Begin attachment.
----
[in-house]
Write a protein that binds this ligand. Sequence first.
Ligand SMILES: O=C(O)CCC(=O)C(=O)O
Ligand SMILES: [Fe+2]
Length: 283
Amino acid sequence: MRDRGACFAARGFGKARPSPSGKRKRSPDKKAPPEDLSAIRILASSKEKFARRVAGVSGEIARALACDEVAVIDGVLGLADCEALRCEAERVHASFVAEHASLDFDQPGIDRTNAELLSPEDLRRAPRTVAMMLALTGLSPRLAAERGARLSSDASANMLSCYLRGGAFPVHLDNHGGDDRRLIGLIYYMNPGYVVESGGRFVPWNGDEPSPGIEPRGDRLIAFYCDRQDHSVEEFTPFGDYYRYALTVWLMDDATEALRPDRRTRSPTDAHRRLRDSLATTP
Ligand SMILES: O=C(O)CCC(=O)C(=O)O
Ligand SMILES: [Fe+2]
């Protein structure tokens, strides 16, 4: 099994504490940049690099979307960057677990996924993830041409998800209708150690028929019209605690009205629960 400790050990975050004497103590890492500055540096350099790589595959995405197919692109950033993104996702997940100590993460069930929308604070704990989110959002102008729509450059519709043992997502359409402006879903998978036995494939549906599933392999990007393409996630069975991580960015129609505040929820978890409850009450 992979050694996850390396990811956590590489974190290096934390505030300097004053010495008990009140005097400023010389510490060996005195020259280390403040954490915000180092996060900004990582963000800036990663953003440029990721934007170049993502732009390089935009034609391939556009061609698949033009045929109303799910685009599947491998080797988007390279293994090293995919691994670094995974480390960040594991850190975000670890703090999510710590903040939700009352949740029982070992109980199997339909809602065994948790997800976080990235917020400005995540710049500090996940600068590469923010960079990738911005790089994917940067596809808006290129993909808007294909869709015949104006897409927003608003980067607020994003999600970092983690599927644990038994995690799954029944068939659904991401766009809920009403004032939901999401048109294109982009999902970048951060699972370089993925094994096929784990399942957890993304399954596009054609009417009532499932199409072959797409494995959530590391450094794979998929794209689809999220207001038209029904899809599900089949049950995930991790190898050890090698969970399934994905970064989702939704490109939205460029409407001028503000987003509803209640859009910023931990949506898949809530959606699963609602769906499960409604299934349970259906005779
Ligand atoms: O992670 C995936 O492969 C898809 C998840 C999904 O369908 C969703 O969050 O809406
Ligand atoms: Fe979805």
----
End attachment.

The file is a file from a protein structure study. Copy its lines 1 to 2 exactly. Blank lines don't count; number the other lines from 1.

[in-house]
Write a protein that binds this ligand. Sequence first.